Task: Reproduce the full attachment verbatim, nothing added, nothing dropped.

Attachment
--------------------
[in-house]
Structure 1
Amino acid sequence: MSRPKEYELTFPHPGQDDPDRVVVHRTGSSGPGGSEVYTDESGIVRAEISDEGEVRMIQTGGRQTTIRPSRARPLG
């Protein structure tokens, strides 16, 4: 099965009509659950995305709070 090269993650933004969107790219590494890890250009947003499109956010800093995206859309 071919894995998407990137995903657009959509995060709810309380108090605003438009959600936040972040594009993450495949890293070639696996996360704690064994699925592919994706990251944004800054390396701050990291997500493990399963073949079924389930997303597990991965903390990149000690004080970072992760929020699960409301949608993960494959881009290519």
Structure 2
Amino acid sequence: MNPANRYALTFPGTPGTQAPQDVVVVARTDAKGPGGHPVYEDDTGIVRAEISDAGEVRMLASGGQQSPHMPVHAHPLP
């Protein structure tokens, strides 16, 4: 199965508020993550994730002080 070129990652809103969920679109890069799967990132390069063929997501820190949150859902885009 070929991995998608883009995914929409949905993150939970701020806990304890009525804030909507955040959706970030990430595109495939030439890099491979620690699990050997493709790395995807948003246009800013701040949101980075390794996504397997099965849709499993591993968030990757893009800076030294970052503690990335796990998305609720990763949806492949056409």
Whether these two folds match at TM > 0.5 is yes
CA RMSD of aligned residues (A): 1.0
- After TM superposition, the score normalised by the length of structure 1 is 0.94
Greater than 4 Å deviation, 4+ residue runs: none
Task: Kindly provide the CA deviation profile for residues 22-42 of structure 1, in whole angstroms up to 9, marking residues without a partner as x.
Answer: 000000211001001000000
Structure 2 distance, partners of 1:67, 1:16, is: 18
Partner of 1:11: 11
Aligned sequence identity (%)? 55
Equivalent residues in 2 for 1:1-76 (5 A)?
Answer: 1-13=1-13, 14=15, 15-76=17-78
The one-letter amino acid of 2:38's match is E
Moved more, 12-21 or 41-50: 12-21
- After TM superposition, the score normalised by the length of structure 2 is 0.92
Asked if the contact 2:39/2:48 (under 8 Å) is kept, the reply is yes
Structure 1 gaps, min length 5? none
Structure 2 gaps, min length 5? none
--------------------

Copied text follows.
[in-house]
Structure 1
Amino acid sequence: MSRPKEYELTFPHPGQDDPDRVVVHRTGSSGPGGSEVYTDESGIVRAEISDEGEVRMIQTGGRQTTIRPSRARPLG
């Protein structure tokens, strides 16, 4: 099965009509659950995305709070 090269993650933004969107790219590494890890250009947003499109956010800093995206859309 071919894995998407990137995903657009959509995060709810309380108090605003438009959600936040972040594009993450495949890293070639696996996360704690064994699925592919994706990251944004800054390396701050990291997500493990399963073949079924389930997303597990991965903390990149000690004080970072992760929020699960409301949608993960494959881009290519």
Structure 2
Amino acid sequence: MNPANRYALTFPGTPGTQAPQDVVVVARTDAKGPGGHPVYEDDTGIVRAEISDAGEVRMLASGGQQSPHMPVHAHPLP
């Protein structure tokens, strides 16, 4: 199965508020993550994730002080 070129990652809103969920679109890069799967990132390069063929997501820190949150859902885009 070929991995998608883009995914929409949905993150939970701020806990304890009525804030909507955040959706970030990430595109495939030439890099491979620690699990050997493709790395995807948003246009800013701040949101980075390794996504397997099965849709499993591993968030990757893009800076030294970052503690990335796990998305609720990763949806492949056409």
Whether these two folds match at TM > 0.5 is yes
CA RMSD of aligned residues (A): 1.0
- After TM superposition, the score normalised by the length of structure 1 is 0.94
Greater than 4 Å deviation, 4+ residue runs: none
Task: Kindly provide the CA deviation profile for residues 22-42 of structure 1, in whole angstroms up to 9, marking residues without a partner as x.
Answer: 000000211001001000000
Structure 2 distance, partners of 1:67, 1:16, is: 18
Partner of 1:11: 11
Aligned sequence identity (%)? 55
Equivalent residues in 2 for 1:1-76 (5 A)?
Answer: 1-13=1-13, 14=15, 15-76=17-78
The one-letter amino acid of 2:38's match is E
Moved more, 12-21 or 41-50: 12-21
- After TM superposition, the score normalised by the length of structure 2 is 0.92
Asked if the contact 2:39/2:48 (under 8 Å) is kept, the reply is yes
Structure 1 gaps, min length 5? none
Structure 2 gaps, min length 5? none